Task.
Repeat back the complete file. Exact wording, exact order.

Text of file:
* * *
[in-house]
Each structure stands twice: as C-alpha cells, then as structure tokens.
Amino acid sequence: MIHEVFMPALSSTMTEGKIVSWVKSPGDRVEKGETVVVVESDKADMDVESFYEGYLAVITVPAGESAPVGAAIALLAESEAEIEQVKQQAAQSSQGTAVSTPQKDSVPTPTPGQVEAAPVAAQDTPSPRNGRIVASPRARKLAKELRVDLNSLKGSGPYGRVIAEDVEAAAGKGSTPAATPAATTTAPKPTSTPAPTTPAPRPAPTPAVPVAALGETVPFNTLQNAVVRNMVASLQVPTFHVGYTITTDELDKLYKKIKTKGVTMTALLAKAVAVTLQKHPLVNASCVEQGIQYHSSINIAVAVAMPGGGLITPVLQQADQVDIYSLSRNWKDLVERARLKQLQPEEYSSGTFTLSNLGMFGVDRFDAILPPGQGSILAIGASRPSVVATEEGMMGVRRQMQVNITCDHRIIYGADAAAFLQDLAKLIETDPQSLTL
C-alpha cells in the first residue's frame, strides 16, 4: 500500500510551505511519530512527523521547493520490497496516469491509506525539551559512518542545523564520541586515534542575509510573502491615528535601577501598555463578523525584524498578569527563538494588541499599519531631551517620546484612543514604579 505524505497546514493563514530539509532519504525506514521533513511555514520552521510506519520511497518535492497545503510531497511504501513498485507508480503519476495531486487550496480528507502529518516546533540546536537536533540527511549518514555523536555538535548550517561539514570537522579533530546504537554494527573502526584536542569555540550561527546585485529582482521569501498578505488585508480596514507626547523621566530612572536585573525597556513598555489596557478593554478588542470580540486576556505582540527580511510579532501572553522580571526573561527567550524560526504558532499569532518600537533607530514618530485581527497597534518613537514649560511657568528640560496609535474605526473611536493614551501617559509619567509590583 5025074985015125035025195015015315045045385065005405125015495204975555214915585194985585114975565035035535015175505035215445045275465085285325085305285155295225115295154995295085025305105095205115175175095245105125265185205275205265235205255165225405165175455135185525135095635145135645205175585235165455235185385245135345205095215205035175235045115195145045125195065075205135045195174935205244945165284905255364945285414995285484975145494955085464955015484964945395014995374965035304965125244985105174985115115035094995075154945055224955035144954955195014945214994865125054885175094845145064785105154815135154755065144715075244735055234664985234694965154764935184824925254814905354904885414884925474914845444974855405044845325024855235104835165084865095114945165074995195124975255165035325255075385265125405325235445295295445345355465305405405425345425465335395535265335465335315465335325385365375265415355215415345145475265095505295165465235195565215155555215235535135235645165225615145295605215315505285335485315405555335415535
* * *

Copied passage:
[in-house]
Each structure stands twice: as C-alpha cells, then as structure tokens.
Amino acid sequence: MIHEVFMPALSSTMTEGKIVSWVKSPGDRVEKGETVVVVESDKADMDVESFYEGYLAVITVPAGESAPVGAAIALLAESEAEIEQVKQQAAQSSQGTAVSTPQKDSVPTPTPGQVEAAPVAAQDTPSPRNGRIVASPRARKLAKELRVDLNSLKGSGPYGRVIAEDVEAAAGKGSTPAATPAATTTAPKPTSTPAPTTPAPRPAPTPAVPVAALGETVPFNTLQNAVVRNMVASLQVPTFHVGYTITTDELDKLYKKIKTKGVTMTALLAKAVAVTLQKHPLVNASCVEQGIQYHSSINIAVAVAMPGGGLITPVLQQADQVDIYSLSRNWKDLVERARLKQLQPEEYSSGTFTLSNLGMFGVDRFDAILPPGQGSILAIGASRPSVVATEEGMMGVRRQMQVNITCDHRIIYGADAAAFLQDLAKLIETDPQSLTL
C-alpha cells in the first residue's frame, strides 16, 4: 500500500510551505511519530512527523521547493520490497496516469491509506525539551559512518542545523564520541586515534542575509510573502491615528535601577501598555463578523525584524498578569527563538494588541499599519531631551517620546484612543514604579 505524505497546514493563514530539509532519504525506514521533513511555514520552521510506519520511497518535492497545503510531497511504501513498485507508480503519476495531486487550496480528507502529518516546533540546536537536533540527511549518514555523536555538535548550517561539514570537522579533530546504537554494527573502526584536542569555540550561527546585485529582482521569501498578505488585508480596514507626547523621566530612572536585573525597556513598555489596557478593554478588542470580540486576556505582540527580511510579532501572553522580571526573561527567550524560526504558532499569532518600537533607530514618530485581527497597534518613537514649560511657568528640560496609535474605526473611536493614551501617559509619567509590583 5025074985015125035025195015015315045045385065005405125015495204975555214915585194985585114975565035035535015175505035215445045275465085285325085305285155295225115295154995295085025305105095205115175175095245105125265185205275205265235205255165225405165175455135185525135095635145135645205175585235165455235185385245135345205095215205035175235045115195145045125195065075205135045195174935205244945165284905255364945285414995285484975145494955085464955015484964945395014995374965035304965125244985105174985115115035094995075154945055224955035144954955195014945214994865125054885175094845145064785105154815135154755065144715075244735055234664985234694965154764935184824925254814905354904885414884925474914845444974855405044845325024855235104835165084865095114945165074995195124975255165035325255075385265125405325235445295295445345355465305405405425345425465335395535265335465335315465335325385365375265415355215415345145475265095505295165465235195565215155555215235535135235645165225615145295605215315505285335485315405555335415535